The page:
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pone.0130818.g003: Tollip requires an intact ubiquitin-binding domain to function in canonical Wnt signaling.(A) Schematic representation of deletion and point mutants of human Tollip. (B-D) myc-tagged Tollip wild-type (wt) and mutants were tested in the Super8xTOPFlash reporter assay (upper panels; B, deletion mutants; C, ubiquitin-binding deficient M240A/F241A mutant; D, phosphoinositide-binding deficient point mutants). Increasing amounts of mutant-encoding plasmids were transfected. Ctrl, cells transfected with an empty pcDNA plasmid instead of a Tollip-encoding construct. All values are expressed as fold of untreated control, i.e. cells incubated with control-conditioned medium (CM) and transfected with an empty plasmid and the Super8xTOPFlash reporter. Data are mean ± SEM from 3 (C) or 4 (B, D) independent experiments; *P≤0.05, **P<0.01, ***P<0.001 (Mann-Whitney U test). Expression of mutated Tollip proteins was verified by Western blotting (WB) using anti-myc antibodies, with α-tubulin as a loading control (lower panels). (E) Expression of FGF9 and NRP1 genes upon overexpression of Tollip wt, K150E and M240A/F241A mutants in Wnt3a-stimulated HEK293 cells (Ctrl), measured by qPCR. All values are relative expression levels, compared to controls from cells incubated with control-conditioned medium and transfected with an empty plasmid (normalized to 1 for each gene; not shown). Data are mean ± SEM from 3 independent experiments; *P≤0.05 (Mann-Whitney U test). (F) Immunoprecipitation of β-catenin from lysates of HEK293 cells transfected with an empty plasmid (Ctrl) or with constructs expressing wild-type Tollip (wt), M240A/F241A mutant or deletion 1 (del.1) mutant. Cells were either untreated or incubated with MG132 for 4 h before lysis. Upper panel; immunoprecipitates were probed with antibodies against β-catenin, total ubiquitin (Ub), its K48-linked (Ub-K48) or K63-linked (Ub-K63) chains. Lower panel; 10% of starting lysates taken for immunoprecipitation (input) were blotted against total ubiquitin (Ub), β-catenin and Tollip, with actin as a loading control.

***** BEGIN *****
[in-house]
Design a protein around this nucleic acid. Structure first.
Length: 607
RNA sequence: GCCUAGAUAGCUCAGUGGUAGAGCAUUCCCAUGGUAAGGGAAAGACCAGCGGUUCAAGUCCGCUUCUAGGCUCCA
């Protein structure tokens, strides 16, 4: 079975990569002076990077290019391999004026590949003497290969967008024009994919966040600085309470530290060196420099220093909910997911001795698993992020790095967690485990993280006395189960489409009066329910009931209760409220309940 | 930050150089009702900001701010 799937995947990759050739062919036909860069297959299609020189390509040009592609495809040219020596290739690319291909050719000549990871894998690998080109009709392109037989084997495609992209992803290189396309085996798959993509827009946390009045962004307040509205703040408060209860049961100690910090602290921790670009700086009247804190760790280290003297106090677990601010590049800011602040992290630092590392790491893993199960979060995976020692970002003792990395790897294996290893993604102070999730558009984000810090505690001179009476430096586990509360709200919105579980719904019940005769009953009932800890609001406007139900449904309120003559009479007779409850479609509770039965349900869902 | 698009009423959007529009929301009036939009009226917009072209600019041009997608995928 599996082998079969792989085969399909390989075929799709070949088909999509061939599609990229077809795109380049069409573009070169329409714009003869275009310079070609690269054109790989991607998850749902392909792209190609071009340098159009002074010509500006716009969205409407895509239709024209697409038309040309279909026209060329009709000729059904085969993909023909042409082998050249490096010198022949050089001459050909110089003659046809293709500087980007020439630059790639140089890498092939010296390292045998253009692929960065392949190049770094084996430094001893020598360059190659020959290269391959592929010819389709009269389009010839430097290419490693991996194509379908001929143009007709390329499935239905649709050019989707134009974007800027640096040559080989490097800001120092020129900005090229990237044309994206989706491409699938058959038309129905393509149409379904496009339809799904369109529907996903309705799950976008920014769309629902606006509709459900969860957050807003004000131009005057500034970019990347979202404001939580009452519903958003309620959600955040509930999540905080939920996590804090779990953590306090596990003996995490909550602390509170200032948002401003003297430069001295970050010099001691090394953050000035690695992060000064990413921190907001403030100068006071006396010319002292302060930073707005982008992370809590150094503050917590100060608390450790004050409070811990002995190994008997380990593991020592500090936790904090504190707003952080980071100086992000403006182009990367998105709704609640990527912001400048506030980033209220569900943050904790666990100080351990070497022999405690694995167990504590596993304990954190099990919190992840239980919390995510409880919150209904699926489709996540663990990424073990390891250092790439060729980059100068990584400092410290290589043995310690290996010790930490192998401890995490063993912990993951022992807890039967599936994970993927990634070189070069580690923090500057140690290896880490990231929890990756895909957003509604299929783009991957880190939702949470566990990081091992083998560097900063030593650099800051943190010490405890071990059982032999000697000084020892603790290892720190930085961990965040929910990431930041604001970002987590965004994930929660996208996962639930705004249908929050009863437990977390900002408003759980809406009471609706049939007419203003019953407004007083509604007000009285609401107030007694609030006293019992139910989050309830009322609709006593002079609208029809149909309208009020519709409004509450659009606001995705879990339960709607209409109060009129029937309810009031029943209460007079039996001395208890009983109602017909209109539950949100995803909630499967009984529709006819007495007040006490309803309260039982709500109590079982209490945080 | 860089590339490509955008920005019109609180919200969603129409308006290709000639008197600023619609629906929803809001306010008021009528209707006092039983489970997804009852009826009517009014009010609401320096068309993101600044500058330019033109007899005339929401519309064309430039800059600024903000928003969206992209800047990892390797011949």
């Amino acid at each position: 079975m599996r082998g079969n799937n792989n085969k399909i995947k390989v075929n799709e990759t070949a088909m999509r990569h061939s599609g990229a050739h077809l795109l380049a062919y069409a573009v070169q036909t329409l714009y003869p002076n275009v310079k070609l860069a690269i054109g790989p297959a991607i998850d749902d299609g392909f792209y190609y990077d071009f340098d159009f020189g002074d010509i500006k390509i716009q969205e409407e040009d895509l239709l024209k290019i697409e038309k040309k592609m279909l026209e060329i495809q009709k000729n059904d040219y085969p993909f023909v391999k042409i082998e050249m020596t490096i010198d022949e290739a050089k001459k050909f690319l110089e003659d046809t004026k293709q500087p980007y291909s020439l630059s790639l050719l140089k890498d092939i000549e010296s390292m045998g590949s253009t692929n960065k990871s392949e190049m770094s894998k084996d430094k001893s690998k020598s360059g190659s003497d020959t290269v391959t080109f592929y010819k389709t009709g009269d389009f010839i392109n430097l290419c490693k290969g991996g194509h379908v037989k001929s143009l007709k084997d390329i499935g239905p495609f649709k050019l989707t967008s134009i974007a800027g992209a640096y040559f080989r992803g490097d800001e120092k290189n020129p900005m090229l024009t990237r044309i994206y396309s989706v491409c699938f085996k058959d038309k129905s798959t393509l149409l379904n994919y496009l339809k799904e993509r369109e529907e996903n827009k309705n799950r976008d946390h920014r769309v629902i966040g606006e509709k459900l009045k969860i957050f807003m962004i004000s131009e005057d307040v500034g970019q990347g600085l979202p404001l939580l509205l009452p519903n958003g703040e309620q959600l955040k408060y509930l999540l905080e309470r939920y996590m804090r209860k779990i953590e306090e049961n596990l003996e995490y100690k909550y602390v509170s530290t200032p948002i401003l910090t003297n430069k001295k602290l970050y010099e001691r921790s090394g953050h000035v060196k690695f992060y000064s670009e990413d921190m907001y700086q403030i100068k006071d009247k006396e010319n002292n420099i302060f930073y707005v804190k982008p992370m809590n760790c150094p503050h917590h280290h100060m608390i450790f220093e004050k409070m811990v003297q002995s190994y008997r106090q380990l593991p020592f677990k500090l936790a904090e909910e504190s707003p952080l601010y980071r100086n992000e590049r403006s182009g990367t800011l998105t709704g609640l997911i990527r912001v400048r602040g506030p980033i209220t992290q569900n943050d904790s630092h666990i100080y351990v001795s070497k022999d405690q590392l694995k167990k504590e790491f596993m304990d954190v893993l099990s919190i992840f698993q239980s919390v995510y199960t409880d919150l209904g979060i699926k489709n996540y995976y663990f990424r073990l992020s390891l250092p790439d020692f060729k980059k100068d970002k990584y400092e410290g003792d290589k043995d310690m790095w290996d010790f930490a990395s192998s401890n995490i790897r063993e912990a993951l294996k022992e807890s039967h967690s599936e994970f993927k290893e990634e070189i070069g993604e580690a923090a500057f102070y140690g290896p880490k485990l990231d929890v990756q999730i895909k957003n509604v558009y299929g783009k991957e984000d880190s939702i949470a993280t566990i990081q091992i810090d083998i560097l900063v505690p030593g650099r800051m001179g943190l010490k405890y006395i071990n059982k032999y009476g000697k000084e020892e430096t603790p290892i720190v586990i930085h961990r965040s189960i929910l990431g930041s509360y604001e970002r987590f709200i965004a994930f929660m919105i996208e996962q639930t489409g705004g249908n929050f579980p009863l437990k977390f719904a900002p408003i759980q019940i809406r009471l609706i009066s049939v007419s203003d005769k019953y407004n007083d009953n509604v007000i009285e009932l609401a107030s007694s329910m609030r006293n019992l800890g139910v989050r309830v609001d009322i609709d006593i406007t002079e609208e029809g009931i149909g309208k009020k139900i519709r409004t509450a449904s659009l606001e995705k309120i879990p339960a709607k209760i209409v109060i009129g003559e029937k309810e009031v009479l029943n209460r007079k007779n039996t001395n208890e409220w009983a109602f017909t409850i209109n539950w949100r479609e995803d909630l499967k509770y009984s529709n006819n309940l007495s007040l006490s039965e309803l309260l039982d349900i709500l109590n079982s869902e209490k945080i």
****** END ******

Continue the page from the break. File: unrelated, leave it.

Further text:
Mentions: Deletion mutagenesis was performed and the resulting five mutants (Fig 3A) were tested for their effects in the reporter assay (Fig 3B). The mutants devoid of the CUE domain (del.1 and del.2) lost the ability to inhibit the Wnt pathway activity. Instead, inhibition was retained in a mutant lacking the N-terminal TOM1-binding motif (del.3). Interestingly, the C2 domain alone (del.4) also inhibited the reporter activity, in contrast to a minor effect of the C-terminal fragment containing the CUE domain (del.5). We therefore concluded that the interaction with TOM1 via the N-terminus of Tollip is not important for the regulation of Wnt signaling. Instead, both the C2 and the CUE domains mediate this function of Tollip, suggesting that binding of phosphoinositides and/or ubiquitin may be involved. Consistent with this idea, both types of molecules are implicated in Wnt signaling. Phosphatidylinositol (4,5)-bisphosphate (PI4,5P2) is produced at the plasma membrane upon Wnt3a stimulation to drive formation of LRP6 signalosomes [52–54], while ubiquitin plays a number of roles, either proteolytic or regulatory, at various stages of the canonical Wnt cascade [55].